Session “Historical earthquake research in Europe” at the 35th General Assembly of the ESC in Trieste, Italy

From 4-10 September, 2016, the 35th General Assembly of the European Seismological Commission (ESC) will be held in Trieste, Italy. Deadline for abstract submission is 30 April, early bird registration ends 31 May. The meeting covers a whole range of interesting topics, such as Earthquakes in regions of slow lithospheric deformation, active faulting and geodynamic datasecondary earthquake effects, regional studies and many more. Two sessions are probably especially interesting for the paleoseismology community:

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Guest blog by Sascha Schneiderwind (RWTH Aachen University): Multiparametric trenching investigations

[Update 15 February 2017: Since Sascha is an author here now, the post was attributed to him.]
Greece is one of the main targets of RWTH Aachen’s Neotectonics & Geohazards group. They worked on paleo-tsunamis, active faults on the Peloponnese, in Attica, and on Crete, and on the application of terrestrial LiDAR and shallow geophysics for active tectonics research. In their latest paper, Sascha Schneiderwind et al. developed a methodology to aid paleoseismic trenching studies. They use t-LiDAR and georadar to better and more objectively characterise lithological units. His paper includes nice examples from Crete and from the famous Kaparelli Fault. Here is his guest blog: Continue reading “Guest blog by Sascha Schneiderwind (RWTH Aachen University): Multiparametric trenching investigations”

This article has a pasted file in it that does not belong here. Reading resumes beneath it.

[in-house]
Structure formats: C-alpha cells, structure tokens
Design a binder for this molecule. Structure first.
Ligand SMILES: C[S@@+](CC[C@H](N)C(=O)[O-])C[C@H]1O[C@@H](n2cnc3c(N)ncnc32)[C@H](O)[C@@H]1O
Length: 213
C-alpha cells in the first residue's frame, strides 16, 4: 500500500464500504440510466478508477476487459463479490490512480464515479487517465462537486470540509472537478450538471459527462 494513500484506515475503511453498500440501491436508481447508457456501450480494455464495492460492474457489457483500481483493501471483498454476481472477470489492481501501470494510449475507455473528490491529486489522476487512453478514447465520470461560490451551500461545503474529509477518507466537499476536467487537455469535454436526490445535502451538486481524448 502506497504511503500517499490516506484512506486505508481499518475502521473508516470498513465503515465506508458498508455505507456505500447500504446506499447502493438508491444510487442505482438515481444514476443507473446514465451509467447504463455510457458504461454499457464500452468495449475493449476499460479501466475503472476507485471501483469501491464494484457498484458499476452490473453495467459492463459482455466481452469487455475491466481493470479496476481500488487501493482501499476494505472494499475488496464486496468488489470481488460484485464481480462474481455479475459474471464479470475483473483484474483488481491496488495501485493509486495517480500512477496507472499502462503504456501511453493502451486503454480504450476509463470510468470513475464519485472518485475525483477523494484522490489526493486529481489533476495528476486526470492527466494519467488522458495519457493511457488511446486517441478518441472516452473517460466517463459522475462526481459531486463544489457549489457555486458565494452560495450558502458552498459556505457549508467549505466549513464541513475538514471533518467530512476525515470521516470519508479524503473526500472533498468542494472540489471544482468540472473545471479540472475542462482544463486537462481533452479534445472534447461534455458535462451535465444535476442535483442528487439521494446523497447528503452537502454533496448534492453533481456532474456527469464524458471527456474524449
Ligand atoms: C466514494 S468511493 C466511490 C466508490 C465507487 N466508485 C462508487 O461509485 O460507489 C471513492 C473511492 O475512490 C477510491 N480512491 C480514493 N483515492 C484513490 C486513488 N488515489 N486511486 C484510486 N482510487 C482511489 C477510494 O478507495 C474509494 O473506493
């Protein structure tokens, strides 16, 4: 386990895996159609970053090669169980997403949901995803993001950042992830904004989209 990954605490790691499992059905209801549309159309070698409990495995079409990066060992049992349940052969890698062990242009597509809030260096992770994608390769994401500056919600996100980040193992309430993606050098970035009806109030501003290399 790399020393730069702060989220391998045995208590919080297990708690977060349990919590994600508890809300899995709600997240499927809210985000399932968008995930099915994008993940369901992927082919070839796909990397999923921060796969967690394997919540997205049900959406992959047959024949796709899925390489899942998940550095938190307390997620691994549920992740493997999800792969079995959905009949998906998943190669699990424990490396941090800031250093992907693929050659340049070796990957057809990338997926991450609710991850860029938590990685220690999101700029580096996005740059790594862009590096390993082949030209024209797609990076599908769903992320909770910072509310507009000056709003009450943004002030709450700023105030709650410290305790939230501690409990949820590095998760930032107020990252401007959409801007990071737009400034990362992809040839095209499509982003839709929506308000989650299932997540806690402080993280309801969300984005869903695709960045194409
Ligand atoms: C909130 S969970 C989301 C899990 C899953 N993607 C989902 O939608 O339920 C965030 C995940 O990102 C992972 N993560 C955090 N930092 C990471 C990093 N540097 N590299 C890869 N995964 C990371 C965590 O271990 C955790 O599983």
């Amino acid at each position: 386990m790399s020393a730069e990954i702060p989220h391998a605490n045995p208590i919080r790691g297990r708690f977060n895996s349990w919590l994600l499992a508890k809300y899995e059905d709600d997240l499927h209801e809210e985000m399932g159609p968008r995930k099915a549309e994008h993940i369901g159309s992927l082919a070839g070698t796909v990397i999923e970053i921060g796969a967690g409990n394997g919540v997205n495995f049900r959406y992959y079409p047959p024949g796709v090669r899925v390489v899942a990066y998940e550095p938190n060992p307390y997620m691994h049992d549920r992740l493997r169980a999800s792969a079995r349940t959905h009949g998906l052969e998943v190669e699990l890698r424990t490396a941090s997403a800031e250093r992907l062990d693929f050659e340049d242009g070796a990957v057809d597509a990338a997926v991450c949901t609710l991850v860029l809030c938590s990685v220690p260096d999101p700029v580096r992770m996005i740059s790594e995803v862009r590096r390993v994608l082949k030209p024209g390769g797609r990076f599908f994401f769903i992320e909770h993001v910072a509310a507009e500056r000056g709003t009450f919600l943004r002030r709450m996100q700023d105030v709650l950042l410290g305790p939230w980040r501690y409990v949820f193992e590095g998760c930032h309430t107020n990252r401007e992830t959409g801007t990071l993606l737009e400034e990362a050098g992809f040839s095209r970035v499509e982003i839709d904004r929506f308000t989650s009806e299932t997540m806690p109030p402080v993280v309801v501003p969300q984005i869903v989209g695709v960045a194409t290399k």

Guest blog by Bastian Schneider (RWTH Aachen University): Tsunami hazard in Muscat, Oman

Tsunamis are a very real threat in the Indian Ocean. Most people will immediately think of the 2004 tsunami and the Sumatra subduction zone, but the Arabian Sea has seen strong tsunamis in the past, too. In 1945, a major earthquake at the Makran Subduction Zone caused a large tsunami (Hoffmann et al., 2013a). In 2013, the on-shore Balochistan earthquake caused a submarine slide which in turn triggered a tsunami that reached the coast of Oman (Heidarzadeh & Satake, 2014; Hoffmann et al., 2014a). There is also evidence for paleotsunamis along Oman’s coast (Hoffmann et al., 2013b; Hoffmann et al., 2014b). Now a team of scientists from RWTH Aachen University (Germany) and GUtech (Muscat, Oman) have published a tsunami inundation scenario for Muscat (Schneider et al., 2016). This is lead author Bastian Schneider’s guest blog on this research: Continue reading “Guest blog by Bastian Schneider (RWTH Aachen University): Tsunami hazard in Muscat, Oman”